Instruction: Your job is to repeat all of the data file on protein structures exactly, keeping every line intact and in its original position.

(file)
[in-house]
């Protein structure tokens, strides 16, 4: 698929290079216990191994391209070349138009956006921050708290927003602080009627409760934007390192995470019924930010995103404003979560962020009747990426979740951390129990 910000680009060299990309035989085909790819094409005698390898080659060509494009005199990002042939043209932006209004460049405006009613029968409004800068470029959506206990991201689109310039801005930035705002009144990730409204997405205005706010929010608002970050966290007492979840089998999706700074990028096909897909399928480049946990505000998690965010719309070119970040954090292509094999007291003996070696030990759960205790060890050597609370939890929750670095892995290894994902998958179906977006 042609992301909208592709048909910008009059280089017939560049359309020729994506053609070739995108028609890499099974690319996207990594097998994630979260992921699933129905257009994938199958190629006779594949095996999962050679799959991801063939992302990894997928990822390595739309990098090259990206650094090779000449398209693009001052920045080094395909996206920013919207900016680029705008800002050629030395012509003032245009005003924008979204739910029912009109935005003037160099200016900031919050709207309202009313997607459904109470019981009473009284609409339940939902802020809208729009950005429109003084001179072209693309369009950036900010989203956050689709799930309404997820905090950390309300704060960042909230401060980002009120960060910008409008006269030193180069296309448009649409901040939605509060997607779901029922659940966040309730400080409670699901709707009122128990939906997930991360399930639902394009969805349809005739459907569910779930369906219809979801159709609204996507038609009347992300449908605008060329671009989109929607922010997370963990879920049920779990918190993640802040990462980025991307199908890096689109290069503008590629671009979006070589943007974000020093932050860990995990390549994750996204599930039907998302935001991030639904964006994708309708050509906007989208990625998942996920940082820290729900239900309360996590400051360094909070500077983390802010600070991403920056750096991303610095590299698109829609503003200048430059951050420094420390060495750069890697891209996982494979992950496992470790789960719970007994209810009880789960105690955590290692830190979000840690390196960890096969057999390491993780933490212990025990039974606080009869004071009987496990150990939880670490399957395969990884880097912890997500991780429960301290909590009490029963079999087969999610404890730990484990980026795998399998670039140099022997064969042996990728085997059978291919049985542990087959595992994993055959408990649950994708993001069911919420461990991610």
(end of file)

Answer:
[in-house]
């Protein structure tokens, strides 16, 4: 698929290079216990191994391209070349138009956006921050708290927003602080009627409760934007390192995470019924930010995103404003979560962020009747990426979740951390129990 910000680009060299990309035989085909790819094409005698390898080659060509494009005199990002042939043209932006209004460049405006009613029968409004800068470029959506206990991201689109310039801005930035705002009144990730409204997405205005706010929010608002970050966290007492979840089998999706700074990028096909897909399928480049946990505000998690965010719309070119970040954090292509094999007291003996070696030990759960205790060890050597609370939890929750670095892995290894994902998958179906977006 042609992301909208592709048909910008009059280089017939560049359309020729994506053609070739995108028609890499099974690319996207990594097998994630979260992921699933129905257009994938199958190629006779594949095996999962050679799959991801063939992302990894997928990822390595739309990098090259990206650094090779000449398209693009001052920045080094395909996206920013919207900016680029705008800002050629030395012509003032245009005003924008979204739910029912009109935005003037160099200016900031919050709207309202009313997607459904109470019981009473009284609409339940939902802020809208729009950005429109003084001179072209693309369009950036900010989203956050689709799930309404997820905090950390309300704060960042909230401060980002009120960060910008409008006269030193180069296309448009649409901040939605509060997607779901029922659940966040309730400080409670699901709707009122128990939906997930991360399930639902394009969805349809005739459907569910779930369906219809979801159709609204996507038609009347992300449908605008060329671009989109929607922010997370963990879920049920779990918190993640802040990462980025991307199908890096689109290069503008590629671009979006070589943007974000020093932050860990995990390549994750996204599930039907998302935001991030639904964006994708309708050509906007989208990625998942996920940082820290729900239900309360996590400051360094909070500077983390802010600070991403920056750096991303610095590299698109829609503003200048430059951050420094420390060495750069890697891209996982494979992950496992470790789960719970007994209810009880789960105690955590290692830190979000840690390196960890096969057999390491993780933490212990025990039974606080009869004071009987496990150990939880670490399957395969990884880097912890997500991780429960301290909590009490029963079999087969999610404890730990484990980026795998399998670039140099022997064969042996990728085997059978291919049985542990087959595992994993055959408990649950994708993001069911919420461990991610």